Angsty teenager Mary Shelley is not interested in carrying on her family’s celebrated legacy of being a great writer, but she soon discovers that she has the not-so-celebrated (and super-secret) Shelley power to heal monsters, just like her famous ancestor, and those monsters are not going to let her ignore her true calling anytime soon.
The Shelley family history is filled with great writers: the original Mary Shelley, author of Frankenstein, the acclaimed mystery writer Tawny Shelley, cookbook maven Phyllis Shelley…the list goes on and on. But this Mary Shelley, named after her great-great-great-great-great grandmother, doesn’t want anything to do with that legacy. Th2020en a strangely pale (and really cute) boy named Adam shows up and asks her to heal a wound he got under mysterious circumstances, and Mary learns something new about her family: the first Mary Shelley had the power to heal monsters, and Mary has it, too. Now the monsters won’t stop showing up, Mary can’t get her mother Tawny to leave her alone about writing something (anything!), she can’t tell her best friend Rhonda any of this, and all Mary wants is to pass biology.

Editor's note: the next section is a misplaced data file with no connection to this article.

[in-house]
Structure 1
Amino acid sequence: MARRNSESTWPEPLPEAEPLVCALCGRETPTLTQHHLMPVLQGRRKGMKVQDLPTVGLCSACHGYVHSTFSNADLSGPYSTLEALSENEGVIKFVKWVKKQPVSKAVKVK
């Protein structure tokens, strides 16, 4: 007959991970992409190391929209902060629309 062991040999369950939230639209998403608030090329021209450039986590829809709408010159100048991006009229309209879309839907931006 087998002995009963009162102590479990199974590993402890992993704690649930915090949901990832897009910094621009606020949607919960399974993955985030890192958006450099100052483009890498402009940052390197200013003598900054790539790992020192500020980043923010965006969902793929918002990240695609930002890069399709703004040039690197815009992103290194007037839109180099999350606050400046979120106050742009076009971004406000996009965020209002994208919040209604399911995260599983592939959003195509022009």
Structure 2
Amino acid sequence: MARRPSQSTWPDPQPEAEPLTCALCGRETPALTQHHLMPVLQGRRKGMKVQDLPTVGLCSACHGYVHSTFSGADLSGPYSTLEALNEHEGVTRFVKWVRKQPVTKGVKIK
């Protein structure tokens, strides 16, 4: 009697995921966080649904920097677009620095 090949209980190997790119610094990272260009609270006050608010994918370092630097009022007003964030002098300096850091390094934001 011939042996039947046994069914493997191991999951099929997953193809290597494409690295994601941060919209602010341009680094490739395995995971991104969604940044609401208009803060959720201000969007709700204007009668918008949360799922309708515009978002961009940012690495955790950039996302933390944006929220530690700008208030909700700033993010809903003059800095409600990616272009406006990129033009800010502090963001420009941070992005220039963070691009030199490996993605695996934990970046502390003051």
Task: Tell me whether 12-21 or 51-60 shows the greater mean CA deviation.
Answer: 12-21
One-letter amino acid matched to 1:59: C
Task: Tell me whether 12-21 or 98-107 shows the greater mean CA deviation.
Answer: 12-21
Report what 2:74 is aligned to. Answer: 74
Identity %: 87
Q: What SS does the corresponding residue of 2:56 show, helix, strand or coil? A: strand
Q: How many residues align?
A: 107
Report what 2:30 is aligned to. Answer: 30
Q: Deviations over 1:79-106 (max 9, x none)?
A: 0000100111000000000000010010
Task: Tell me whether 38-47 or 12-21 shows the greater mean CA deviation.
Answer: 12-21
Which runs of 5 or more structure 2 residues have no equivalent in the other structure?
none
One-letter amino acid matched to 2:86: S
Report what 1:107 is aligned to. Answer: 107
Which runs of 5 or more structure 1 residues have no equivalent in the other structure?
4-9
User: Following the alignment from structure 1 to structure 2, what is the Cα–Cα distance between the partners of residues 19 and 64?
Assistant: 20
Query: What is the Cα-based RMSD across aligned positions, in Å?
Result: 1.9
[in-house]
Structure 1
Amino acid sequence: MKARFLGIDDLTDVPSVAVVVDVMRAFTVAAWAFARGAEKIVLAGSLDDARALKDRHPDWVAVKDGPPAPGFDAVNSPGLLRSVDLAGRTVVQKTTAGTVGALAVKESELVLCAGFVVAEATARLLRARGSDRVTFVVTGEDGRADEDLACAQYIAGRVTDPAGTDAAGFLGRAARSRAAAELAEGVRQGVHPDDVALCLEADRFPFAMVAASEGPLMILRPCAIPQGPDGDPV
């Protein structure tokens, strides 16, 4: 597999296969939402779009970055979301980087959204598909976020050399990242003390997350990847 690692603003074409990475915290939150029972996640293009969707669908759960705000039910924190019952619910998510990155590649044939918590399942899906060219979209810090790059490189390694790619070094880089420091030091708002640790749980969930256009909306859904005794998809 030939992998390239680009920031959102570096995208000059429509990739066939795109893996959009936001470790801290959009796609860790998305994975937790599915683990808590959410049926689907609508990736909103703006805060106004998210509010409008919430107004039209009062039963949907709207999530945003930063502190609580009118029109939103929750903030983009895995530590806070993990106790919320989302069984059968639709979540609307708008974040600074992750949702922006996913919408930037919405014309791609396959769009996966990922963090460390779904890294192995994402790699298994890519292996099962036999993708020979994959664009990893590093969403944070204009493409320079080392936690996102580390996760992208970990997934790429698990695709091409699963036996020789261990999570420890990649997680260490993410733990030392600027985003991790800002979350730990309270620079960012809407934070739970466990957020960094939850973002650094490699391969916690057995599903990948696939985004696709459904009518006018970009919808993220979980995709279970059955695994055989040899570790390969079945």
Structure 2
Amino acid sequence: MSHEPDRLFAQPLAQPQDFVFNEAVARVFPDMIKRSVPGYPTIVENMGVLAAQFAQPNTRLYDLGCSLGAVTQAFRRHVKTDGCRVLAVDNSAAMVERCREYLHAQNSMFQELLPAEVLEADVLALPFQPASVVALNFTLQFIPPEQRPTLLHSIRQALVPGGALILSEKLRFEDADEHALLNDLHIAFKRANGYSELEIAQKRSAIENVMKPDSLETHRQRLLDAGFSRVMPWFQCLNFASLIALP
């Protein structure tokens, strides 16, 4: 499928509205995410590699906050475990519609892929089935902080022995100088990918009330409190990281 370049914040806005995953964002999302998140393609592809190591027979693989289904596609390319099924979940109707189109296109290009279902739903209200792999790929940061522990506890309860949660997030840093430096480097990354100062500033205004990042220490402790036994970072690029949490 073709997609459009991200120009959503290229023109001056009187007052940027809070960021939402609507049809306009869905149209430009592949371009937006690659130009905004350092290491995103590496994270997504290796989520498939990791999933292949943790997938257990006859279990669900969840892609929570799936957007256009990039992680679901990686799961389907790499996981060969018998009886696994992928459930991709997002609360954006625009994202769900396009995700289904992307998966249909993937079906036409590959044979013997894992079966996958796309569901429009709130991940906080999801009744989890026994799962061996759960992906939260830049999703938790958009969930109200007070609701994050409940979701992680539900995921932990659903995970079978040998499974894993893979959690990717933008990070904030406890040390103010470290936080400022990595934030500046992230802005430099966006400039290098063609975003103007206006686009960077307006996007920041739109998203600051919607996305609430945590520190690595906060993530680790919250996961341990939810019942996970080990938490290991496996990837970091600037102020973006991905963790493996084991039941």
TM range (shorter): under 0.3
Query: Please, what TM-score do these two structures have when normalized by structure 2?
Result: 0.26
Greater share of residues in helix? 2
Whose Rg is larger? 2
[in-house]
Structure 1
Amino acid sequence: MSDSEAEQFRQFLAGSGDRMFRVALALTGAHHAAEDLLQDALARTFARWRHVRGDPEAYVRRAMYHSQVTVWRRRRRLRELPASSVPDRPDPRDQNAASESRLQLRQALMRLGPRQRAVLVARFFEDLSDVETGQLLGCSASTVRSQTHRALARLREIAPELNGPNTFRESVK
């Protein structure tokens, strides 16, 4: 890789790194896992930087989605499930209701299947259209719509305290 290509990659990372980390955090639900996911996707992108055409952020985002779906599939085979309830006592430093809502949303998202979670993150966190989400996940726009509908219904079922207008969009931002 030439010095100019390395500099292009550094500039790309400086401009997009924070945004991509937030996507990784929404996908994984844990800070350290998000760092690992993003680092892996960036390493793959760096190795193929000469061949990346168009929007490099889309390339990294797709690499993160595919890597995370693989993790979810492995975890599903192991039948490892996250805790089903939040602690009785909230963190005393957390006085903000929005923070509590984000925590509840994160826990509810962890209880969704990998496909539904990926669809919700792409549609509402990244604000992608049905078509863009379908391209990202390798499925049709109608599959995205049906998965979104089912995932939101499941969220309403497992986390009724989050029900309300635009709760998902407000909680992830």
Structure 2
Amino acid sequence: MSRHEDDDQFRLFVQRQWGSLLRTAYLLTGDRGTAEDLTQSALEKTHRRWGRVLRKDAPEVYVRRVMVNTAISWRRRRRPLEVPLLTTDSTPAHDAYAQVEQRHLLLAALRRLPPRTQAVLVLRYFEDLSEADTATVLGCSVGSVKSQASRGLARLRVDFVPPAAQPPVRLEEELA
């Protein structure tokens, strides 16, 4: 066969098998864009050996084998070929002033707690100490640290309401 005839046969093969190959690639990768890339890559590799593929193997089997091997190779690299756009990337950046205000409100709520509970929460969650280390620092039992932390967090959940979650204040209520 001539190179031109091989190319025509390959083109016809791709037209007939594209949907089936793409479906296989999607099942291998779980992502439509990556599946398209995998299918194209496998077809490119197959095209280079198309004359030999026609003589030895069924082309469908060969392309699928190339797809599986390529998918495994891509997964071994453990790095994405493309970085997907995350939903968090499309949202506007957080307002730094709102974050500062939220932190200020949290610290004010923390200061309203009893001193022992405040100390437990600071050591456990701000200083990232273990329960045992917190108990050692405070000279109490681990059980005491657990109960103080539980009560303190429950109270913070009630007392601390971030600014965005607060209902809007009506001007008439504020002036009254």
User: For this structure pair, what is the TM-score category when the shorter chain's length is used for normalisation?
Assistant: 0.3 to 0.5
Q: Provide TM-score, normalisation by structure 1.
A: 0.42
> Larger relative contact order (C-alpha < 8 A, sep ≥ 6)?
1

I was excited when I read the synopsis of this, as I love stories that have a twist including famous authors or their descendants. I really enjoyed following Mary, a descendant of Mary Shelley, who is expected to follow the long line of writers in her family. She finds out pretty quickly that her normal teenage life of struggling in school and having family issues is not what it seems. Her adventures from there are comical and portray a struggle for her between doing what she’s expected to do and what she wants to do – as well as actually figuring out what she wants to do.
I also really enjoyed the art style, it seemed to perfectly capture the different characters and the different members and ancestors of Mary’s family. All in all it was a fun story and take on a famous figure’s descendant.